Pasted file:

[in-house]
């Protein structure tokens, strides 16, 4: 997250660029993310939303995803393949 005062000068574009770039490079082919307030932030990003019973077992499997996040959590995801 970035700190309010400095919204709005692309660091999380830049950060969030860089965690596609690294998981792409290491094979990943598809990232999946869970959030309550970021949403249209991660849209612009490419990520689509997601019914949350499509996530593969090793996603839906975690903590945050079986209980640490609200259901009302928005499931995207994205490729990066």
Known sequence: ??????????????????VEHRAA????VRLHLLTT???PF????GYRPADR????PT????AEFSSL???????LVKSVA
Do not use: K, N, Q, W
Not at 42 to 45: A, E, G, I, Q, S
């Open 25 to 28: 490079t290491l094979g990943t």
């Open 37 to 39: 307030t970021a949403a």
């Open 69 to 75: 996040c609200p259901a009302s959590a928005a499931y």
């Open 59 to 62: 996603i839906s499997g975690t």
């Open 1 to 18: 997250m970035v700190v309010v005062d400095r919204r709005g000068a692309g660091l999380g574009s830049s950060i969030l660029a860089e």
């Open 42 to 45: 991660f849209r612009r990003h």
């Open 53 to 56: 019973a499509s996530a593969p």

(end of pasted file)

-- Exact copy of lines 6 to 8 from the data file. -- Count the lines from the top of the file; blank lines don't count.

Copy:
């Open 25 to 28: 490079t290491l094979g990943t």
């Open 37 to 39: 307030t970021a949403a």
């Open 69 to 75: 996040c609200p259901a009302s959590a928005a499931y």